Picking Your Doctoral Topic

How to pick a topic and stick to it

Picking Your Doctoral Topic

Before I begin spitting the advice, let me introduce myself. I am Dr. Jhoanna Amigable. I am a Doctor of Business Administration with a concentration in Healthcare Administration. I am currently a business analyst in a public healthcare facility and worked full-time (and then some) during my doctoral journey. I'm probably like you - I have a family, friends, a career, pets, etc. etc. and I've been trying to navigate this thing called "adulthood" for quite some time. Balancing anything extra on top of a career and family is far from easy, but it's possible! I have a passion for helping people get through things that might be weighing heavy on their shoulders (like a doctoral dissertation) and leaving a positive effect on people that I encounter. So I hope this helps you in one way or another.

Small disclaimer: This isn't a "how to" article with all the fluff from other dissertation manuals and writing manuals you've probably already encountered. I'm not here to use big words or to prove I am highly educated. I enjoy writing that is highly relatable and easy to read. I'm just writing as if I'm having a normal day-to-day conversation with you. I'm not going to tell you which descriptive statistics to use, which t-test to use, how to use SPSS, etc. There's plenty of helpful information out there to help you with this kind of stuff. I'm not going to sit here and tell you what to bold, what your margins should be, what font to use and I definitely wont be telling you how to format your paper for serration and bulleting. Why? This is because all schools are not alike and their requirements are not alike. One school may ask for a 350-word abstract, while another may limit you to 500 words. The formatting you must follow might be different from the formatting I had to follow. Also, elements of required sections may not always be the same. The whole goal here (or at least my goal) is to give you a little bit of advice on how to approach a section of your dissertation or paper. I thought this would've been most helpful for me when I was going through this. While my Dissertation Chair was an amazing support resource, I realized that not all schools have great dissertation committees. Thus, my article will not be a fool-proof, scientifically-backed, plan or approach. It is merely a recollection of a lived experience to maybe get the wheels of that mind of yours spinning. Just know, I relate, I've been there, and I'm here to try and give you some perspective.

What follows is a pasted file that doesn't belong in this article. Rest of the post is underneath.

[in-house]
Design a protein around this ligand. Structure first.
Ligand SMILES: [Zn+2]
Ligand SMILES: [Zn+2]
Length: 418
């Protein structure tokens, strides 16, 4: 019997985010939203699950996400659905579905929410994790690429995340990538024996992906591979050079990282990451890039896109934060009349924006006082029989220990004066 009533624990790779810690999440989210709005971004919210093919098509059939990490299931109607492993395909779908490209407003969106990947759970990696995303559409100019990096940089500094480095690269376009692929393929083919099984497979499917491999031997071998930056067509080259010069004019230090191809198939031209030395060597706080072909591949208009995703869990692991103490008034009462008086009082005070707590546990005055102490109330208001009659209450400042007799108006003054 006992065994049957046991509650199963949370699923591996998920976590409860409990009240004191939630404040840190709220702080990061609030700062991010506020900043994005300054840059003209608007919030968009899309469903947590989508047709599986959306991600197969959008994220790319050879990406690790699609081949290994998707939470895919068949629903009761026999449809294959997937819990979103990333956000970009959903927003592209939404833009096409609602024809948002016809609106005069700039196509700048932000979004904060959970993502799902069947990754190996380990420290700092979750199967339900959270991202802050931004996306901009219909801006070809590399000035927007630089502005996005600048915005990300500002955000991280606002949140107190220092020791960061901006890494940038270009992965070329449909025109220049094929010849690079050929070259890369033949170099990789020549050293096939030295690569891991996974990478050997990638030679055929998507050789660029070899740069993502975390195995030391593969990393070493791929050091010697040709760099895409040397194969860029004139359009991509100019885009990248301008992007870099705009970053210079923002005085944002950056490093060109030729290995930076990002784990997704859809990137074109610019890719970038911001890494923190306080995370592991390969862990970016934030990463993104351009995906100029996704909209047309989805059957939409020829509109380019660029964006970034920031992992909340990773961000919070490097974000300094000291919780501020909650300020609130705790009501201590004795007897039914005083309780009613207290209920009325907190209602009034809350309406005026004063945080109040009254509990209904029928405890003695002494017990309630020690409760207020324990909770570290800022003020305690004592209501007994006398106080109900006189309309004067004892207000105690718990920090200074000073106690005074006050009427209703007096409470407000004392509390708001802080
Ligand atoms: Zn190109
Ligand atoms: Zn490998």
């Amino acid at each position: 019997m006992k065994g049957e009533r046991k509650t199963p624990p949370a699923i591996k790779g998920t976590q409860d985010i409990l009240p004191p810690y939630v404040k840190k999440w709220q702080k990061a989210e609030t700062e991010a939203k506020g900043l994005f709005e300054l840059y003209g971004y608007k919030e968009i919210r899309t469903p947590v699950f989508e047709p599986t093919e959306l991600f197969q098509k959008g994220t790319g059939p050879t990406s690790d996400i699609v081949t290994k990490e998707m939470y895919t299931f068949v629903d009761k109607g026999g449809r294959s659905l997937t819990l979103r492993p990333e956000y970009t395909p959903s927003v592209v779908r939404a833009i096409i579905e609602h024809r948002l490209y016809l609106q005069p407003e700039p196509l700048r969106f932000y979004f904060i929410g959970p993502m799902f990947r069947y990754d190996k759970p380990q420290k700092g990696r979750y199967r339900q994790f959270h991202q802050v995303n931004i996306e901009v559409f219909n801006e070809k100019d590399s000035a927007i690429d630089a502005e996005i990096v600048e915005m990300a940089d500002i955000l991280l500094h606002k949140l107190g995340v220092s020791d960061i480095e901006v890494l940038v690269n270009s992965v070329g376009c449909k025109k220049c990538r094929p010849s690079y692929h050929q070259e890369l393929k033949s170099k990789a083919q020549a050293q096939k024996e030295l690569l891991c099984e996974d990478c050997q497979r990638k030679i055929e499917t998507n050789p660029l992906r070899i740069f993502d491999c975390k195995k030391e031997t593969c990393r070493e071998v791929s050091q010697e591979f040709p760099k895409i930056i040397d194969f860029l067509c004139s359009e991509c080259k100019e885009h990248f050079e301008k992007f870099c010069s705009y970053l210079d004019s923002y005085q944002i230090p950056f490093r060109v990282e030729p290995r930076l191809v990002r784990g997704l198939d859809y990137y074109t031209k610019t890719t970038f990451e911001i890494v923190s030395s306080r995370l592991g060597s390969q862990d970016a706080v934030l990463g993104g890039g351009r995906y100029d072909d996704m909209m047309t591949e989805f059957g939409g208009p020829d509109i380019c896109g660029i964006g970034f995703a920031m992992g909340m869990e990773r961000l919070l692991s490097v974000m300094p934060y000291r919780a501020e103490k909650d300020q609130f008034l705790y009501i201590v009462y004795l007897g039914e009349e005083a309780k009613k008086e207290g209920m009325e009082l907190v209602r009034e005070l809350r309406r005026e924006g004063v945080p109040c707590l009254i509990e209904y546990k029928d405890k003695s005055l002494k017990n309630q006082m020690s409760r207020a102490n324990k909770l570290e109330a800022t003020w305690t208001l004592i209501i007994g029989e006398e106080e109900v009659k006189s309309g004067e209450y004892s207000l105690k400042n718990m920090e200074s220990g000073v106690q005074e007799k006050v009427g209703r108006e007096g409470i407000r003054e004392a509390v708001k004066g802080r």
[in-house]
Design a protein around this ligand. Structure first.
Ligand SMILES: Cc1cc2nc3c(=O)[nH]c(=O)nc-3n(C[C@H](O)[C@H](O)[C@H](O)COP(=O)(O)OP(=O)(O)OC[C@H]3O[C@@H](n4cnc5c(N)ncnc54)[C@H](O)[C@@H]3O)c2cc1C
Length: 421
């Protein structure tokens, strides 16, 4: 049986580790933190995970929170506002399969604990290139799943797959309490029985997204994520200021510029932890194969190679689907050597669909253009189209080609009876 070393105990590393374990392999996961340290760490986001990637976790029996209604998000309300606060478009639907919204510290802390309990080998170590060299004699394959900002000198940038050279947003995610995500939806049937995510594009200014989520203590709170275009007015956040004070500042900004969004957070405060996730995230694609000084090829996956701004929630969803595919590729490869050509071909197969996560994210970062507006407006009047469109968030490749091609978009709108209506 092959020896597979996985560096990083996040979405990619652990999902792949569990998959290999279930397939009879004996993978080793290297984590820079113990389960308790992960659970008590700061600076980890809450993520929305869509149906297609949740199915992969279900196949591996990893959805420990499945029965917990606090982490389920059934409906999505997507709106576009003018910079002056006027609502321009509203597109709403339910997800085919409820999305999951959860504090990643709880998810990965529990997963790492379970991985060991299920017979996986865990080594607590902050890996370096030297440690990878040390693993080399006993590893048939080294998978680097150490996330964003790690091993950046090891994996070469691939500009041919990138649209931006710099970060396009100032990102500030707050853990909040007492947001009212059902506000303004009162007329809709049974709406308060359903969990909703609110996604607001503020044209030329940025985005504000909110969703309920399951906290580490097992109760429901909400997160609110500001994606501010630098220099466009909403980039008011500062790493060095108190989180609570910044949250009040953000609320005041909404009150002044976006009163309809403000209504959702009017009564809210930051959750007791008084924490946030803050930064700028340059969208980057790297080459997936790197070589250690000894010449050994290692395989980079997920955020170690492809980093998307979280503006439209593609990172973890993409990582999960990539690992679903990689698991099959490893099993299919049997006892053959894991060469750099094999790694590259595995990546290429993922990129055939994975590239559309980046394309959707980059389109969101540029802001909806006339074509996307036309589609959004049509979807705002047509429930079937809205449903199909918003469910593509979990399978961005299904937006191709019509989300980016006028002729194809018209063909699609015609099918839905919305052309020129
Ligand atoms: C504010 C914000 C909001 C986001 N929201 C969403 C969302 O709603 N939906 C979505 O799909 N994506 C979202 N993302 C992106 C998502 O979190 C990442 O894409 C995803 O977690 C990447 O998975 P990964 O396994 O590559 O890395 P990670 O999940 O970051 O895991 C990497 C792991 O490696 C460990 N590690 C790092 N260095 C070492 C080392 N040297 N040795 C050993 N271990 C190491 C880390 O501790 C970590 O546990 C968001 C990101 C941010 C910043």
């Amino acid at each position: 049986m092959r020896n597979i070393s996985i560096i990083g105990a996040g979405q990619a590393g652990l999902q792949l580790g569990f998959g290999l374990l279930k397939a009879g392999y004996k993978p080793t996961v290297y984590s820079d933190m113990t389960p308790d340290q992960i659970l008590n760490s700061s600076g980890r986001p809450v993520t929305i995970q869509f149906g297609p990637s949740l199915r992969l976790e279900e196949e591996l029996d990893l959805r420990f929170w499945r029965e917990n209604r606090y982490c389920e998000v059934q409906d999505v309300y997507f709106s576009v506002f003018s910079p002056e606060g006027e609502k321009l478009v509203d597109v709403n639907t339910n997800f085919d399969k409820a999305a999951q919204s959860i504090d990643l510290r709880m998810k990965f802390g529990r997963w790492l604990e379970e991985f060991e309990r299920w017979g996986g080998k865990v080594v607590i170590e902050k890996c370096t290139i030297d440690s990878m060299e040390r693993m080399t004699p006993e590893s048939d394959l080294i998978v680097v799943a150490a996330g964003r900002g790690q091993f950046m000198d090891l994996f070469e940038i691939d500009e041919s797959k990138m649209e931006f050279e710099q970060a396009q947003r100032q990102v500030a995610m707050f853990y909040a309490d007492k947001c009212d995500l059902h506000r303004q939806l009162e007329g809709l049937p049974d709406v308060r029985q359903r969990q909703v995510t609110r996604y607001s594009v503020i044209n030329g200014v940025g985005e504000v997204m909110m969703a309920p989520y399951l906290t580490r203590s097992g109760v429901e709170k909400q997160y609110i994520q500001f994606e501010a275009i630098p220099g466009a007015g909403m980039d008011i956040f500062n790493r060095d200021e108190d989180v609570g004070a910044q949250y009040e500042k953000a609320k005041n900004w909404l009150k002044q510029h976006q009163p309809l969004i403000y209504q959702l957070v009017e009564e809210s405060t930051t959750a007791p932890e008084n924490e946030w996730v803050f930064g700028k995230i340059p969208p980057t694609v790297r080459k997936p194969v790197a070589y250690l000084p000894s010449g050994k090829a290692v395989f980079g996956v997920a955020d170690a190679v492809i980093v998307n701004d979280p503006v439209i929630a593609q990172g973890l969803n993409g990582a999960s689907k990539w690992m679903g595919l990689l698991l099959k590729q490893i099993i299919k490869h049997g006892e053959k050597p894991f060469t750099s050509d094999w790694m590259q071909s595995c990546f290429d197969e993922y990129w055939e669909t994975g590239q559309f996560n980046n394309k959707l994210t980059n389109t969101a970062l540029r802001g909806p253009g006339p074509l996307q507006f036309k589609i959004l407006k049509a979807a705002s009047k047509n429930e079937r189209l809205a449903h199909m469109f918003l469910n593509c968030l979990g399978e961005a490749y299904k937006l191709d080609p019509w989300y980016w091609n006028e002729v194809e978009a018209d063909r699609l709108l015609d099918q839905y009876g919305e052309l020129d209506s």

So, let's get to it. Picking a topic isn't the most exciting thing ever and I'll admit, my advice may be a little cliché, but have some faith in me.

Why is choosing a topic important? Let's face it. This isn't the most interesting content I could've possibly provided you, but it's the start of something you'd be committing to for years. FOR YEARS. Therefore, it's important to choose a topic, an interesting one, and something you can really commit to.

Choosing a topic was one of the most stressful things during my doctoral classes. If your university is programmed to be anything like mine, you sort of get a glimpse of current issues in your field that can kind of nudge you into picking a topic. For me, a lot of my classes before my dissertation courses delved deep into healthcare topics and conversations. This allowed me to create an entire list of possible dissertations. The problem? A lot of it was interesting to an extent, but nothing stood out to me as something I could commit to for years. And if it did, it was topics with such extensive literature available that I became overwhelmed. So, if you can’t already tell, I had issues picking a topic. I was stressed that I wouldn’t be able to find an interesting enough topic that I could carry out. I kept thinking, “Well, I could go with this topic but what if down the line I couldn’t get enough literature or information to see me through?” All these doubts filled my brain. I remember not even being close to my dissertation courses and feeling a significant amount of pressure. What I didn’t realize was that these courses were here feeding me all these topics so that I could start on a dissertation topic.